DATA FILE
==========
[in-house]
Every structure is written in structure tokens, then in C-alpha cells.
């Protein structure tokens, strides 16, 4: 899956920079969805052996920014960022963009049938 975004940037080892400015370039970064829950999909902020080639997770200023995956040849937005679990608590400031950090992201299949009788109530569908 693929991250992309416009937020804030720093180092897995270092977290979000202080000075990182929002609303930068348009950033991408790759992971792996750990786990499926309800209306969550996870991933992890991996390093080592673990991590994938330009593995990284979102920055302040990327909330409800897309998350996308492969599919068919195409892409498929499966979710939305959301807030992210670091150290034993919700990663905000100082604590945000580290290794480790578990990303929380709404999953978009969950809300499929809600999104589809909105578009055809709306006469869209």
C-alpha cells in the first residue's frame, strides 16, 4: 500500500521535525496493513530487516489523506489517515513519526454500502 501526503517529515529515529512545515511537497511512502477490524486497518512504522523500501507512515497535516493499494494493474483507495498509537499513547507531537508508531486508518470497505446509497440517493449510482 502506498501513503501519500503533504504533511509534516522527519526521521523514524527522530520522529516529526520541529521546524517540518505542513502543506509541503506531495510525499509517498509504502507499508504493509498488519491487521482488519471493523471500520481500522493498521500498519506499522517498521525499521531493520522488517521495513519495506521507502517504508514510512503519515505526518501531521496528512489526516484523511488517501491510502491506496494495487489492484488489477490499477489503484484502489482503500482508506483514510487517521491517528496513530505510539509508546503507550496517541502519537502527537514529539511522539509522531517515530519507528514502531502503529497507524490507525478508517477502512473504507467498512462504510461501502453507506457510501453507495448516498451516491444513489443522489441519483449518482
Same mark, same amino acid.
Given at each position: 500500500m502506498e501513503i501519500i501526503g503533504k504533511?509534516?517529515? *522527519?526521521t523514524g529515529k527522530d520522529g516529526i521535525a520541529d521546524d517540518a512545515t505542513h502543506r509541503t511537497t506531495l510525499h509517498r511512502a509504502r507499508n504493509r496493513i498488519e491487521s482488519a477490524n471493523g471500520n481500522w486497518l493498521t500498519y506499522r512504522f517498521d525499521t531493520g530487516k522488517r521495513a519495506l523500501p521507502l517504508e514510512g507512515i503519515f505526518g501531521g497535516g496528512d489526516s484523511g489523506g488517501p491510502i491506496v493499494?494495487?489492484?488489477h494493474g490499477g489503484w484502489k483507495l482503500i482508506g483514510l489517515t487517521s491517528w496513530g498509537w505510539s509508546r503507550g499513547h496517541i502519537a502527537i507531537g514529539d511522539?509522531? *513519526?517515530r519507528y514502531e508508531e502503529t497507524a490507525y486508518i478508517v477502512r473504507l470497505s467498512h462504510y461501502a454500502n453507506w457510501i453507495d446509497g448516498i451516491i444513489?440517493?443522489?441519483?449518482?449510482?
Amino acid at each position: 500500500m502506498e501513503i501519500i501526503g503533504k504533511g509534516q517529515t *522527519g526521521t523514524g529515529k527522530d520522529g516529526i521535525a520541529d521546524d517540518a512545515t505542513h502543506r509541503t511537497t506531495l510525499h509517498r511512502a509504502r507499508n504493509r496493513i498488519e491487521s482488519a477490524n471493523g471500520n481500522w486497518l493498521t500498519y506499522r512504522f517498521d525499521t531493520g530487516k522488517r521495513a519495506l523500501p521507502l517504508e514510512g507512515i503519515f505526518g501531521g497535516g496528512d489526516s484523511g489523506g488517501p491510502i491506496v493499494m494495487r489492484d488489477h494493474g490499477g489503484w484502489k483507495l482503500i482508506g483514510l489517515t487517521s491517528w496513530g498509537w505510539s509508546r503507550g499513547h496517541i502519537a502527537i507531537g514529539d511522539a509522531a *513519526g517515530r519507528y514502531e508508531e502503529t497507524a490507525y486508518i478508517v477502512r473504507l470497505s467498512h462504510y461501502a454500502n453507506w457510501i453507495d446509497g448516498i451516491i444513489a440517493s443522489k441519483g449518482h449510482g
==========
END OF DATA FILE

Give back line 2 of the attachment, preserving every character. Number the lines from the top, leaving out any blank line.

Every structure is written in structure tokens, then in C-alpha cells.